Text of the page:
Thursday, 19th July 2018

Iran: Russia and China may hold key to Iran bypassing US sanctions

Iranian envoy Ali Akbar Velayati arrived in Moscow on 11 July, carrying a verbal message from Rahbar (Supreme Leader) Ayatollah Ali Khamenei and a written one from President Hassan Rouhani, both addressed to President Vladimir Putin. From the Russian capital Velayati was due to head to Beijing to convey Tehran’s message to President Xi Jinping. Putin’s Syria envoy Alexander Lavrentiev was due in Tehran on 18 July. More such trips can be expected given that Iran’s relations with both powers are taking on an ever more critical role as the Islamic Republic tries to limit the damage of the revived United States sanctions programme, which is due to take effect early next month.

“The present situation is very sensitive; the world is under the influence of a rebel as the president of the US. Thus, the collaborations get more and more necessary,” Velayati said in Moscow, the Farsnews agency reported.

China and Russia were signatories to the Joint Comprehensive Plan of Action (JCPOA), along with the European Union, France, Germany, the UK and US. It is up to the remaining parties to keep the nuclear deal alive after President Donald Trump pulled out (GSN 1,059/1). There is little doubt the European governments and their corporates would like to continue trading with Iran, but it hard to see how a mechanism can be created which would provide an adequate shield for companies wary of US fines and other sanctions. The Islamic Republic’s authorities know their companies and citizens would dearly love to maintain ready access to European goods and services, but Iranian officials appear unimpressed by the proposals made by Brussels. There are differing views in Tehran about the wisdom of placing too much hope on Beijing and Moscow, but hardliners in particular feel they may not have any other good options.

“Iran has now gone back to the situation it was in before, where it realises that it really can’t rely on the West and it has to turn to Russia and China and it has to ensure that both Russia and China stay on board in order for it to be able to manage,” said King’s College London Centre for Science and Security Studies fellow Dina Esfandiary, co-author with Georgetown University’s Ariane Tabatabai of the recently published Triple Axis: Iran’s Relations with Russia and China.

There are, however, complications, particularly with Russia. Tehran and Moscow are both close allies of President Bashar Al-Assad in Syria and have worked alongside each other in keeping his regime in power (GSN 1,062/16). But that alliance of convenience is coming under pressure from other regional powers with whom Russia now likes to maintain cordial relations. Its more recent ally of convenience, Israel, is determined to use any influence it has in the Kremlin to drive a wedge between Moscow and Tehran. From an Iranian perspective, relations with Russia have historically been far from reliable – the two countries fought each other several times over the centuries and Persia was often an unwilling arena for the Great Game rivalry between the Russian and British empires. More recently, some in Tehran have suspected Moscow of deliberately dragging its feet on some major deals, including the Bushr nuclear reactor development and supply of the S-300 missile defence system.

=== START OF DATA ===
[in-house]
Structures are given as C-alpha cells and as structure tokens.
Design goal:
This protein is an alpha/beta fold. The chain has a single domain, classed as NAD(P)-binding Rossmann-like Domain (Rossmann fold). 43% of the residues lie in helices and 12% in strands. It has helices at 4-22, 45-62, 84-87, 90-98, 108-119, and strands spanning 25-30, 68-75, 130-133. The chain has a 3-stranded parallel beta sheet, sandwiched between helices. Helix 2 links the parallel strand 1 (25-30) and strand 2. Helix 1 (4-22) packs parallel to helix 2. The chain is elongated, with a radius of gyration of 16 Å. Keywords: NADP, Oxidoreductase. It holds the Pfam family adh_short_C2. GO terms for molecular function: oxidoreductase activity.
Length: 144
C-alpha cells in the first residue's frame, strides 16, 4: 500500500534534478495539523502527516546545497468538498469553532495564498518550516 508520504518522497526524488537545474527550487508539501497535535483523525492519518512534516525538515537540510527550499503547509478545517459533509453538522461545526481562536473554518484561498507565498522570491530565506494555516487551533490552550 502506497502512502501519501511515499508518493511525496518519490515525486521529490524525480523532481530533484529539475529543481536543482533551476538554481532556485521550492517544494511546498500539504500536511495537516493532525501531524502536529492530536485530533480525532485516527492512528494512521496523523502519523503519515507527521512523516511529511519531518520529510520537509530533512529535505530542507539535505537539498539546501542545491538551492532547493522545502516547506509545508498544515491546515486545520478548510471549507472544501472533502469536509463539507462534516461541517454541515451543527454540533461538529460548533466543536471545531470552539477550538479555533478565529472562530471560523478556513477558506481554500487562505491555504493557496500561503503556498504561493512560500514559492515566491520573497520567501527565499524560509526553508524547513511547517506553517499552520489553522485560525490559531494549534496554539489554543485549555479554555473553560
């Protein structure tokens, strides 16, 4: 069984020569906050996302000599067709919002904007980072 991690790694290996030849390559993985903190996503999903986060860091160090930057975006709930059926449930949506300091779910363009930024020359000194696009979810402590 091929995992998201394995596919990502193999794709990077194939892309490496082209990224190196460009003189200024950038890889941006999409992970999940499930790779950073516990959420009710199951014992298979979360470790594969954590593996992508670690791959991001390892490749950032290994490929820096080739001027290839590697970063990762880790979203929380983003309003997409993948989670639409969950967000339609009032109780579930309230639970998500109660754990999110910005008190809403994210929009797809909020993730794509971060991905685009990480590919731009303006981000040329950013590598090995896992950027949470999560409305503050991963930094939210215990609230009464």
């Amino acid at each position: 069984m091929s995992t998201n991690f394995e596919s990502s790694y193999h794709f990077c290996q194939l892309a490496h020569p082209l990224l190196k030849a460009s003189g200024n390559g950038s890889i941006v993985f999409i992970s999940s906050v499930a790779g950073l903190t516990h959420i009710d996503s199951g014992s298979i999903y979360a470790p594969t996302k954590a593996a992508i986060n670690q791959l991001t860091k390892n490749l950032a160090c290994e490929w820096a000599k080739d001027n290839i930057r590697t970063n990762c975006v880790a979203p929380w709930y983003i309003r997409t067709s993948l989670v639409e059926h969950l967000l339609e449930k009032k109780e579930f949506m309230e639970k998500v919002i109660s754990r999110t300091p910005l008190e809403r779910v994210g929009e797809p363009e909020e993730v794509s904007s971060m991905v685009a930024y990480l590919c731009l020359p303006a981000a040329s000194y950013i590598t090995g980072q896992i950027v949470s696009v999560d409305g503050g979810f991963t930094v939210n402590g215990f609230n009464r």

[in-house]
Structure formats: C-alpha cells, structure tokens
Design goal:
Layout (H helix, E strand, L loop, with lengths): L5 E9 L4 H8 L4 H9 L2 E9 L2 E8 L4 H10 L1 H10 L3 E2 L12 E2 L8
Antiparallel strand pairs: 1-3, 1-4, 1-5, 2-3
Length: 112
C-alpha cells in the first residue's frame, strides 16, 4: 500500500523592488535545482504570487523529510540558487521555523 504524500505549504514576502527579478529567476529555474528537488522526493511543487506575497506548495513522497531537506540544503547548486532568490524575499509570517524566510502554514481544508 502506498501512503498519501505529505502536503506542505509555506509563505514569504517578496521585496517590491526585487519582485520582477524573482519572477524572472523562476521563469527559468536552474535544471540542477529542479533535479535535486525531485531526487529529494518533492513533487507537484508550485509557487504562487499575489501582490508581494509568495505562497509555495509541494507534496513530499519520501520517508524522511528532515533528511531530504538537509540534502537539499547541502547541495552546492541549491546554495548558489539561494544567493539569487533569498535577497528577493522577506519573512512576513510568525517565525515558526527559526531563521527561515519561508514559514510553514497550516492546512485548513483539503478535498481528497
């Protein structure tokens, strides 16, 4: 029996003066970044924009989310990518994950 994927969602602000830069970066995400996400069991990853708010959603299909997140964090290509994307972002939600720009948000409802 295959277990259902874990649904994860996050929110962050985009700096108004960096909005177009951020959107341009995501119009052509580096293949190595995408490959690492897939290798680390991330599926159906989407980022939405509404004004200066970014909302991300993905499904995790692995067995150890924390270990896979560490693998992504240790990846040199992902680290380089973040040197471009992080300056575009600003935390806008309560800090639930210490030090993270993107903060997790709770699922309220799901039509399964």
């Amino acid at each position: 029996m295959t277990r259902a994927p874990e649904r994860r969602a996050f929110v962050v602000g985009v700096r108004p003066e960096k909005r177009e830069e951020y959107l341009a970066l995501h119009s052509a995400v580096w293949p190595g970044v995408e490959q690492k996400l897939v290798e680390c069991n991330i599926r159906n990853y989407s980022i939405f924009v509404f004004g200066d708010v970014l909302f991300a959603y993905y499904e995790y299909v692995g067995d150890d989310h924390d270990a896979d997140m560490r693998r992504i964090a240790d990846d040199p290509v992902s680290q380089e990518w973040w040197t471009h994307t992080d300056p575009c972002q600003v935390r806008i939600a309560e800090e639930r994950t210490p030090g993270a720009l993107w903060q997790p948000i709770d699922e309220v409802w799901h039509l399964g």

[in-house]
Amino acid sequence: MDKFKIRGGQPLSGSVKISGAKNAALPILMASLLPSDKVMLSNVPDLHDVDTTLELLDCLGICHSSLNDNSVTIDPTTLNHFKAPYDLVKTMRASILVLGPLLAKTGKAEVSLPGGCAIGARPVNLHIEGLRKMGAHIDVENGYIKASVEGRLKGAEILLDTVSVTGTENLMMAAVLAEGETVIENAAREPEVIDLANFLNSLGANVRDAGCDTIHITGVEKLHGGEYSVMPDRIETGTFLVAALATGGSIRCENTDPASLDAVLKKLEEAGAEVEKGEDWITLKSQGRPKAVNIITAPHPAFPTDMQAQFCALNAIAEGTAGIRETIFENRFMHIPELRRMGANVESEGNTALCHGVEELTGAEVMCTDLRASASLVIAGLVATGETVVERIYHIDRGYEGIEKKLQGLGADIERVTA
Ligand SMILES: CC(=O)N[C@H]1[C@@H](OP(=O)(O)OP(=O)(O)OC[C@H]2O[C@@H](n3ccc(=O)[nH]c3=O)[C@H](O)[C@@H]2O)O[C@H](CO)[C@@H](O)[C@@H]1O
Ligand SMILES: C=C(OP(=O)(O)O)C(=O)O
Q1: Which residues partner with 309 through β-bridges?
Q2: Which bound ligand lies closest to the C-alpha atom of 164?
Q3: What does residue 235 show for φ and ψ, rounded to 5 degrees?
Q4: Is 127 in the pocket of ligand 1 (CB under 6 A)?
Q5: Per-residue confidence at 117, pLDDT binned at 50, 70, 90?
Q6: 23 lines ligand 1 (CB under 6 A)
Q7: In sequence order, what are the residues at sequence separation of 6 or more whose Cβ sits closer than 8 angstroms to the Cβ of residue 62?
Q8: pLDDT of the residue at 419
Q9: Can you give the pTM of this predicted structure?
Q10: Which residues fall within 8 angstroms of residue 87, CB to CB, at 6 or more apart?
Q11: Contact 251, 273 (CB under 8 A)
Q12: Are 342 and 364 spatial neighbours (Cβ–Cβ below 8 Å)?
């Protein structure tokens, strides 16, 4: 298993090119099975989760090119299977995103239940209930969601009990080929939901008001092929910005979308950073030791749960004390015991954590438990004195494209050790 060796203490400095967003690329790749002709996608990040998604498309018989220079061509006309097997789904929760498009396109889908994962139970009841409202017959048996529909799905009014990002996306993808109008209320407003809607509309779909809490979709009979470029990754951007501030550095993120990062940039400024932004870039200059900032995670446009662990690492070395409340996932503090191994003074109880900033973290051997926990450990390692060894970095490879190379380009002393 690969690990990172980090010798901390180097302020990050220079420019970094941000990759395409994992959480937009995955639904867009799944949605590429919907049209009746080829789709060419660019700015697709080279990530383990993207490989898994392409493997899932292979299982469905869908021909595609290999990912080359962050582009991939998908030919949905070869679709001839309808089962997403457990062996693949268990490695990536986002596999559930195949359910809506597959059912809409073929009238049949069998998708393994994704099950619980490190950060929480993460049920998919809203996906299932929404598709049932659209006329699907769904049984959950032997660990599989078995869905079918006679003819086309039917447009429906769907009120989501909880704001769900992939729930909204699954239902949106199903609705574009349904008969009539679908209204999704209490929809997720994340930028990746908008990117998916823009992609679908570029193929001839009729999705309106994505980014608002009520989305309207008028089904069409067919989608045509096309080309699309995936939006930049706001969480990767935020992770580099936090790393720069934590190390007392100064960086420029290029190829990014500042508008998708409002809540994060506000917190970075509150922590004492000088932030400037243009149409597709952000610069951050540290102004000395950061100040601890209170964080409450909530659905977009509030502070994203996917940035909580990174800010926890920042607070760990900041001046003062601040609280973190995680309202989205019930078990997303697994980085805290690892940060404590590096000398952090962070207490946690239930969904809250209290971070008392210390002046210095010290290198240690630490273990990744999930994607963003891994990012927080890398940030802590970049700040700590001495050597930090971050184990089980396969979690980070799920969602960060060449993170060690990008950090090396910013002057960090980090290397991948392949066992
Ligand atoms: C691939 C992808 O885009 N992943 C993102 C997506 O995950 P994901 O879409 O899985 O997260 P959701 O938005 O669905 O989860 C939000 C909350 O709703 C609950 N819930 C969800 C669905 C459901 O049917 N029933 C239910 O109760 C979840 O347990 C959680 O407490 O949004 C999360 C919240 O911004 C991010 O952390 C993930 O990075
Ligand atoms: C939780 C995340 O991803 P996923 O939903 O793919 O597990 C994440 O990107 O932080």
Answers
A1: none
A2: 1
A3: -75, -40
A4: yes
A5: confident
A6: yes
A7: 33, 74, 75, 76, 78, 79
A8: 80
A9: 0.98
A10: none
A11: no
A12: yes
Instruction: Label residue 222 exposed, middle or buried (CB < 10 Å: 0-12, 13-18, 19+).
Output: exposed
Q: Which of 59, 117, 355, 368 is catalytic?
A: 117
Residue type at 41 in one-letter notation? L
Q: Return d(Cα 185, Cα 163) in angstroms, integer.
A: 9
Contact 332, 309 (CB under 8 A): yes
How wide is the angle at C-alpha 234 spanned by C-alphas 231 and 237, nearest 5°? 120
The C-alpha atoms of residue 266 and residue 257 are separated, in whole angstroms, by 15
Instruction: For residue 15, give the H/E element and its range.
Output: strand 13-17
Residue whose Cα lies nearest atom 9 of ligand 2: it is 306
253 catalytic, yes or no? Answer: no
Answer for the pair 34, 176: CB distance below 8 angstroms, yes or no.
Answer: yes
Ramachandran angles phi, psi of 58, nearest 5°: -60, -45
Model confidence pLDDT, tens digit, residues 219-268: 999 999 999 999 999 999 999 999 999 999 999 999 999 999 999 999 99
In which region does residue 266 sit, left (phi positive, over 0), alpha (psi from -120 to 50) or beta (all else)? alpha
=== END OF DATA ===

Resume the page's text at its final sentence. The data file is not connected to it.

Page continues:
Relations with China are more straightforward, being focused on more straightforward commercial interests and lacking the historical baggage that clouds relations with Moscow. There have been indications that the US expects Beijing to remain a significant customer for Iranian oil, not least because National Iranian Oil Company is prepared to offer its crude at a hard-to-turn-down price.

Other Asian trading partners appear to be taking a more cautious approach. Japanese bank Mitsubishi UFJ Financial Group recently announced it would no longer handle any transactions involving Iran. There have been mixed signals about South Korea’s willingness to take Iranian crude once US sanctions come back into force.

Iranian envoys have been travelling to other corners of Asia in recent weeks, including Malaysia and Indonesia, to shore up economic and diplomatic links at this critical juncture. Tehran is to some extent trying a carrot and stick approach – warning India that it will lose unspecified “privileges” if it starts to cut Iranian crude imports and buy oil from Saudi Arabia and elsewhere instead. (India is also suspected of foot-dragging over investment at the Chabahar mega-port scheme.)

That cold war staple barter trader is also back on the agenda. Barter might allow Iranian traders to avoid deals involving US dollars. MP Assadollah Qarehkhani recently told local media that the Majlis-e Shura-ye Eslami (parliament) had set up a special committee to deal with such transactions.

Iran has looked east in the past and there are many avenues across Asia that might be worth exploring (GSN 1,016/1). But it is the bigger Asian economies that offer the greatest hope for Tehran as it tries to piece together a new system of international links.

Standing in Iran’s favour this time is the lack of supporters for Trump’s anti-Iran drive. Whereas in the past major Asian economies were happy to impose sanctions to prevent Iran gaining a nuclear weapon, they now tend to feel that Tehran has adhered to its side of the nuclear bargain – whatever its nefarious activities in Iraq, Syria, Lebanon or Yemen. According to Esfandiary, Asian powers may end up acceding to US demands, but they won’t do so voluntarily. That “means that ultimately they’re going to look for loopholes and ways to go around the embargo and that’s a very different scenario” from previous sanctions regimes. She concludes: “Iran will not be as isolated as it was in 2010”. But neither will its economy emerge in the best of health.

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